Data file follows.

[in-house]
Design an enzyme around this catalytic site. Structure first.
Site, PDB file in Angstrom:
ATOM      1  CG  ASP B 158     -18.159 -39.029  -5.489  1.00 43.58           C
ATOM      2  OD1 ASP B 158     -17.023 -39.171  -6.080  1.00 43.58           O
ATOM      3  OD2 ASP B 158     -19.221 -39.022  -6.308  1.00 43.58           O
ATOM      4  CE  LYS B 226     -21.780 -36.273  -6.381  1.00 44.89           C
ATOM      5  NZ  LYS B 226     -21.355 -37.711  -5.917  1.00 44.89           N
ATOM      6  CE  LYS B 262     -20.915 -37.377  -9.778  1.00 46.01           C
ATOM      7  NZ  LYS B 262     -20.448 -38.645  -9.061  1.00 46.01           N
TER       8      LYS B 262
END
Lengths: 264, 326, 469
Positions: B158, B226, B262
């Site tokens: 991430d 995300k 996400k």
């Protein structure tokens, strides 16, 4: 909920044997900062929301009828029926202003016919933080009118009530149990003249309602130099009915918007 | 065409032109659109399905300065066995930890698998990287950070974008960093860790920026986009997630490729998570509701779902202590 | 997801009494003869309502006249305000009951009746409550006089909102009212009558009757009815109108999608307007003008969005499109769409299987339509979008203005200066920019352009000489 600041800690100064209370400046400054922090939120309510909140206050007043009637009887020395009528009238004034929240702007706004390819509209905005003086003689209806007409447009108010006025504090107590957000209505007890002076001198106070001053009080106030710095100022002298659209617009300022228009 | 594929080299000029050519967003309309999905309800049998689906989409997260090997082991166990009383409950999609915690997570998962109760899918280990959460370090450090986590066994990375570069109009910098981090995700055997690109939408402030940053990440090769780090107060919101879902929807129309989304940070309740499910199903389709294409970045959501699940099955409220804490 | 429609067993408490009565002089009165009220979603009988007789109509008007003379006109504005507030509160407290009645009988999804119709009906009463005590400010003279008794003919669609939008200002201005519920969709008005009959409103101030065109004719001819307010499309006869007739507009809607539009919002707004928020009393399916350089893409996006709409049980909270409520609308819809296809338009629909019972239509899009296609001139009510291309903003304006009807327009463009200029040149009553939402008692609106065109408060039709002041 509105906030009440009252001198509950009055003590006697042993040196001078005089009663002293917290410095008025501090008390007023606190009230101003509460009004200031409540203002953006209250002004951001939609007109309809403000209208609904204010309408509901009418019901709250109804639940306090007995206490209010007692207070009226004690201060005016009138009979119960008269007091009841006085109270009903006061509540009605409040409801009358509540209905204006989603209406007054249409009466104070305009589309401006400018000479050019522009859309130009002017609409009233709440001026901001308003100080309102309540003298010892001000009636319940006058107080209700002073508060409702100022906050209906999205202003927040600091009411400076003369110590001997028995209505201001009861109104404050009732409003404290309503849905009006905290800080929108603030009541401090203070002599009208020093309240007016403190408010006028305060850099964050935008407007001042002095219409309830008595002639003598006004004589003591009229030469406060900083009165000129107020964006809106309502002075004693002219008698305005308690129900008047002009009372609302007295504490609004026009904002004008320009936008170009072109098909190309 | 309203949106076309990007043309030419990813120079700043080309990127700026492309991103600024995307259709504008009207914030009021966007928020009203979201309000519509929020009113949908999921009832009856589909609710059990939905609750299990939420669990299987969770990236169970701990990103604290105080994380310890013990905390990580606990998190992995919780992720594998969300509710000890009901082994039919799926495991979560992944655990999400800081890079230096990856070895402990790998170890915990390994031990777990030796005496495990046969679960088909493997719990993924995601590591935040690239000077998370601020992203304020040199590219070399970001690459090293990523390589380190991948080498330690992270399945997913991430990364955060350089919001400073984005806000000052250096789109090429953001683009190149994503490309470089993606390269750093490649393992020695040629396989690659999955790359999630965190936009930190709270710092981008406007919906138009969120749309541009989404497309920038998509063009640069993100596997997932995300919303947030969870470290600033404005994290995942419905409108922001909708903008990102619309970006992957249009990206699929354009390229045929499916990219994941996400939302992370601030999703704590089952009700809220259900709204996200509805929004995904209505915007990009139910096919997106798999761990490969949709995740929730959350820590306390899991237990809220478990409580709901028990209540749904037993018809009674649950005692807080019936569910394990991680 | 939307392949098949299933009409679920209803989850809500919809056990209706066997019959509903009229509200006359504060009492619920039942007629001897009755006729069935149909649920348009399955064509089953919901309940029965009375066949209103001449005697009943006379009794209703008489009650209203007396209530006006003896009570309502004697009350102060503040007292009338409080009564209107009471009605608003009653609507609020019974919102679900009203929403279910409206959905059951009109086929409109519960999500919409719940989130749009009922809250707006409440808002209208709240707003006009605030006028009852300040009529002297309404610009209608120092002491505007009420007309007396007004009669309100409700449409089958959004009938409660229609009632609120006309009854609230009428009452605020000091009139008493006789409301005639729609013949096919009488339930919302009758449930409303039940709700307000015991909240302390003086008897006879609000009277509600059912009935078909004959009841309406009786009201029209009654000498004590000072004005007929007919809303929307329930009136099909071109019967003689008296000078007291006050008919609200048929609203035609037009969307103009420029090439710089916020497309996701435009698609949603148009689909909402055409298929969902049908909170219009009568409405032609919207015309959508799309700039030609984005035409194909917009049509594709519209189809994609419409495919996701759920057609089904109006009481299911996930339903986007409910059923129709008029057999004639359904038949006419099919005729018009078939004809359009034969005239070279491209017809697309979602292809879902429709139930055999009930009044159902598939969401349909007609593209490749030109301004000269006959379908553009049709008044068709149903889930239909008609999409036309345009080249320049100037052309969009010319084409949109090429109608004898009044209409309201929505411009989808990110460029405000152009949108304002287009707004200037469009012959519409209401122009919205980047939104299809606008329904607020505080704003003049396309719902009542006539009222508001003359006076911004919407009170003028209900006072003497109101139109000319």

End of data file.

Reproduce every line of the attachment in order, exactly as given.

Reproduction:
[in-house]
Design an enzyme around this catalytic site. Structure first.
Site, PDB file in Angstrom:
ATOM      1  CG  ASP B 158     -18.159 -39.029  -5.489  1.00 43.58           C
ATOM      2  OD1 ASP B 158     -17.023 -39.171  -6.080  1.00 43.58           O
ATOM      3  OD2 ASP B 158     -19.221 -39.022  -6.308  1.00 43.58           O
ATOM      4  CE  LYS B 226     -21.780 -36.273  -6.381  1.00 44.89           C
ATOM      5  NZ  LYS B 226     -21.355 -37.711  -5.917  1.00 44.89           N
ATOM      6  CE  LYS B 262     -20.915 -37.377  -9.778  1.00 46.01           C
ATOM      7  NZ  LYS B 262     -20.448 -38.645  -9.061  1.00 46.01           N
TER       8      LYS B 262
END
Lengths: 264, 326, 469
Positions: B158, B226, B262
């Site tokens: 991430d 995300k 996400k």
């Protein structure tokens, strides 16, 4: 909920044997900062929301009828029926202003016919933080009118009530149990003249309602130099009915918007 | 065409032109659109399905300065066995930890698998990287950070974008960093860790920026986009997630490729998570509701779902202590 | 997801009494003869309502006249305000009951009746409550006089909102009212009558009757009815109108999608307007003008969005499109769409299987339509979008203005200066920019352009000489 600041800690100064209370400046400054922090939120309510909140206050007043009637009887020395009528009238004034929240702007706004390819509209905005003086003689209806007409447009108010006025504090107590957000209505007890002076001198106070001053009080106030710095100022002298659209617009300022228009 | 594929080299000029050519967003309309999905309800049998689906989409997260090997082991166990009383409950999609915690997570998962109760899918280990959460370090450090986590066994990375570069109009910098981090995700055997690109939408402030940053990440090769780090107060919101879902929807129309989304940070309740499910199903389709294409970045959501699940099955409220804490 | 429609067993408490009565002089009165009220979603009988007789109509008007003379006109504005507030509160407290009645009988999804119709009906009463005590400010003279008794003919669609939008200002201005519920969709008005009959409103101030065109004719001819307010499309006869007739507009809607539009919002707004928020009393399916350089893409996006709409049980909270409520609308819809296809338009629909019972239509899009296609001139009510291309903003304006009807327009463009200029040149009553939402008692609106065109408060039709002041 509105906030009440009252001198509950009055003590006697042993040196001078005089009663002293917290410095008025501090008390007023606190009230101003509460009004200031409540203002953006209250002004951001939609007109309809403000209208609904204010309408509901009418019901709250109804639940306090007995206490209010007692207070009226004690201060005016009138009979119960008269007091009841006085109270009903006061509540009605409040409801009358509540209905204006989603209406007054249409009466104070305009589309401006400018000479050019522009859309130009002017609409009233709440001026901001308003100080309102309540003298010892001000009636319940006058107080209700002073508060409702100022906050209906999205202003927040600091009411400076003369110590001997028995209505201001009861109104404050009732409003404290309503849905009006905290800080929108603030009541401090203070002599009208020093309240007016403190408010006028305060850099964050935008407007001042002095219409309830008595002639003598006004004589003591009229030469406060900083009165000129107020964006809106309502002075004693002219008698305005308690129900008047002009009372609302007295504490609004026009904002004008320009936008170009072109098909190309 | 309203949106076309990007043309030419990813120079700043080309990127700026492309991103600024995307259709504008009207914030009021966007928020009203979201309000519509929020009113949908999921009832009856589909609710059990939905609750299990939420669990299987969770990236169970701990990103604290105080994380310890013990905390990580606990998190992995919780992720594998969300509710000890009901082994039919799926495991979560992944655990999400800081890079230096990856070895402990790998170890915990390994031990777990030796005496495990046969679960088909493997719990993924995601590591935040690239000077998370601020992203304020040199590219070399970001690459090293990523390589380190991948080498330690992270399945997913991430990364955060350089919001400073984005806000000052250096789109090429953001683009190149994503490309470089993606390269750093490649393992020695040629396989690659999955790359999630965190936009930190709270710092981008406007919906138009969120749309541009989404497309920038998509063009640069993100596997997932995300919303947030969870470290600033404005994290995942419905409108922001909708903008990102619309970006992957249009990206699929354009390229045929499916990219994941996400939302992370601030999703704590089952009700809220259900709204996200509805929004995904209505915007990009139910096919997106798999761990490969949709995740929730959350820590306390899991237990809220478990409580709901028990209540749904037993018809009674649950005692807080019936569910394990991680 | 939307392949098949299933009409679920209803989850809500919809056990209706066997019959509903009229509200006359504060009492619920039942007629001897009755006729069935149909649920348009399955064509089953919901309940029965009375066949209103001449005697009943006379009794209703008489009650209203007396209530006006003896009570309502004697009350102060503040007292009338409080009564209107009471009605608003009653609507609020019974919102679900009203929403279910409206959905059951009109086929409109519960999500919409719940989130749009009922809250707006409440808002209208709240707003006009605030006028009852300040009529002297309404610009209608120092002491505007009420007309007396007004009669309100409700449409089958959004009938409660229609009632609120006309009854609230009428009452605020000091009139008493006789409301005639729609013949096919009488339930919302009758449930409303039940709700307000015991909240302390003086008897006879609000009277509600059912009935078909004959009841309406009786009201029209009654000498004590000072004005007929007919809303929307329930009136099909071109019967003689008296000078007291006050008919609200048929609203035609037009969307103009420029090439710089916020497309996701435009698609949603148009689909909402055409298929969902049908909170219009009568409405032609919207015309959508799309700039030609984005035409194909917009049509594709519209189809994609419409495919996701759920057609089904109006009481299911996930339903986007409910059923129709008029057999004639359904038949006419099919005729018009078939004809359009034969005239070279491209017809697309979602292809879902429709139930055999009930009044159902598939969401349909007609593209490749030109301004000269006959379908553009049709008044068709149903889930239909008609999409036309345009080249320049100037052309969009010319084409949109090429109608004898009044209409309201929505411009989808990110460029405000152009949108304002287009707004200037469009012959519409209401122009919205980047939104299809606008329904607020505080704003003049396309719902009542006539009222508001003359006076911004919407009170003028209900006072003497109101139109000319």